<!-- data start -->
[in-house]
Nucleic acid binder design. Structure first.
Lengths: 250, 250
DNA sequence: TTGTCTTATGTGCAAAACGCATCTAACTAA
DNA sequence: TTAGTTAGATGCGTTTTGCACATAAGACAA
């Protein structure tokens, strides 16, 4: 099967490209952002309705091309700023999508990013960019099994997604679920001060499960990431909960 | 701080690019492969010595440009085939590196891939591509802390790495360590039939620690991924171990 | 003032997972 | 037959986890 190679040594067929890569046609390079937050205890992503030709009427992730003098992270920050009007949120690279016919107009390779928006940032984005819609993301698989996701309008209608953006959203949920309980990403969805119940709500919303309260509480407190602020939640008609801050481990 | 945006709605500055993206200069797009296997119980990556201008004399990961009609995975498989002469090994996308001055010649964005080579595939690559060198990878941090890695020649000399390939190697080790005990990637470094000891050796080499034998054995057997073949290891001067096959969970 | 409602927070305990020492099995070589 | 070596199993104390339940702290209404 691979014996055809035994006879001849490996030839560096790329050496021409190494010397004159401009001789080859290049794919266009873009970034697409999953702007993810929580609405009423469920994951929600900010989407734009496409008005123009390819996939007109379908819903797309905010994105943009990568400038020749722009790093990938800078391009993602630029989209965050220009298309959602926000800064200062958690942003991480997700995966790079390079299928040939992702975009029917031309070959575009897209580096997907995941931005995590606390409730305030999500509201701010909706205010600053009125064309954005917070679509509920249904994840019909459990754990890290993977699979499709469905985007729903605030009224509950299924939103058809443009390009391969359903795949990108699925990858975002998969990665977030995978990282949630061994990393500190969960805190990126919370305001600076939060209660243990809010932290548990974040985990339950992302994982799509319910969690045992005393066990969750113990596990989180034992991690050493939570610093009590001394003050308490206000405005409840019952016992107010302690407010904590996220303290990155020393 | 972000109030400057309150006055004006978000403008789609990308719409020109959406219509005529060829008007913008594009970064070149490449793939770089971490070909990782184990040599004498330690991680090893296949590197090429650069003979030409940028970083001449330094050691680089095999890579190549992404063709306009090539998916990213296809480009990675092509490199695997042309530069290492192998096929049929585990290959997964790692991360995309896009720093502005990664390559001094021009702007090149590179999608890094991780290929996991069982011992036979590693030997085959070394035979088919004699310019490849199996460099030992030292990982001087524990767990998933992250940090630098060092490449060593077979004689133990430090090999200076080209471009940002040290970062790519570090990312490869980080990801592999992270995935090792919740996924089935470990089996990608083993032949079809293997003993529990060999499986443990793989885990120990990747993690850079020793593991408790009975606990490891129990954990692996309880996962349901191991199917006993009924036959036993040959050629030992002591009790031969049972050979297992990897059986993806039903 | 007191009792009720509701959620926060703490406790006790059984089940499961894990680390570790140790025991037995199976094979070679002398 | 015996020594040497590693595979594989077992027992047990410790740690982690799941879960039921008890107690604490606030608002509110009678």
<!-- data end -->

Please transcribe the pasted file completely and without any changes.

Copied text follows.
[in-house]
Nucleic acid binder design. Structure first.
Lengths: 250, 250
DNA sequence: TTGTCTTATGTGCAAAACGCATCTAACTAA
DNA sequence: TTAGTTAGATGCGTTTTGCACATAAGACAA
């Protein structure tokens, strides 16, 4: 099967490209952002309705091309700023999508990013960019099994997604679920001060499960990431909960 | 701080690019492969010595440009085939590196891939591509802390790495360590039939620690991924171990 | 003032997972 | 037959986890 190679040594067929890569046609390079937050205890992503030709009427992730003098992270920050009007949120690279016919107009390779928006940032984005819609993301698989996701309008209608953006959203949920309980990403969805119940709500919303309260509480407190602020939640008609801050481990 | 945006709605500055993206200069797009296997119980990556201008004399990961009609995975498989002469090994996308001055010649964005080579595939690559060198990878941090890695020649000399390939190697080790005990990637470094000891050796080499034998054995057997073949290891001067096959969970 | 409602927070305990020492099995070589 | 070596199993104390339940702290209404 691979014996055809035994006879001849490996030839560096790329050496021409190494010397004159401009001789080859290049794919266009873009970034697409999953702007993810929580609405009423469920994951929600900010989407734009496409008005123009390819996939007109379908819903797309905010994105943009990568400038020749722009790093990938800078391009993602630029989209965050220009298309959602926000800064200062958690942003991480997700995966790079390079299928040939992702975009029917031309070959575009897209580096997907995941931005995590606390409730305030999500509201701010909706205010600053009125064309954005917070679509509920249904994840019909459990754990890290993977699979499709469905985007729903605030009224509950299924939103058809443009390009391969359903795949990108699925990858975002998969990665977030995978990282949630061994990393500190969960805190990126919370305001600076939060209660243990809010932290548990974040985990339950992302994982799509319910969690045992005393066990969750113990596990989180034992991690050493939570610093009590001394003050308490206000405005409840019952016992107010302690407010904590996220303290990155020393 | 972000109030400057309150006055004006978000403008789609990308719409020109959406219509005529060829008007913008594009970064070149490449793939770089971490070909990782184990040599004498330690991680090893296949590197090429650069003979030409940028970083001449330094050691680089095999890579190549992404063709306009090539998916990213296809480009990675092509490199695997042309530069290492192998096929049929585990290959997964790692991360995309896009720093502005990664390559001094021009702007090149590179999608890094991780290929996991069982011992036979590693030997085959070394035979088919004699310019490849199996460099030992030292990982001087524990767990998933992250940090630098060092490449060593077979004689133990430090090999200076080209471009940002040290970062790519570090990312490869980080990801592999992270995935090792919740996924089935470990089996990608083993032949079809293997003993529990060999499986443990793989885990120990990747993690850079020793593991408790009975606990490891129990954990692996309880996962349901191991199917006993009924036959036993040959050629030992002591009790031969049972050979297992990897059986993806039903 | 007191009792009720509701959620926060703490406790006790059984089940499961894990680390570790140790025991037995199976094979070679002398 | 015996020594040497590693595979594989077992027992047990410790740690982690799941879960039921008890107690604490606030608002509110009678």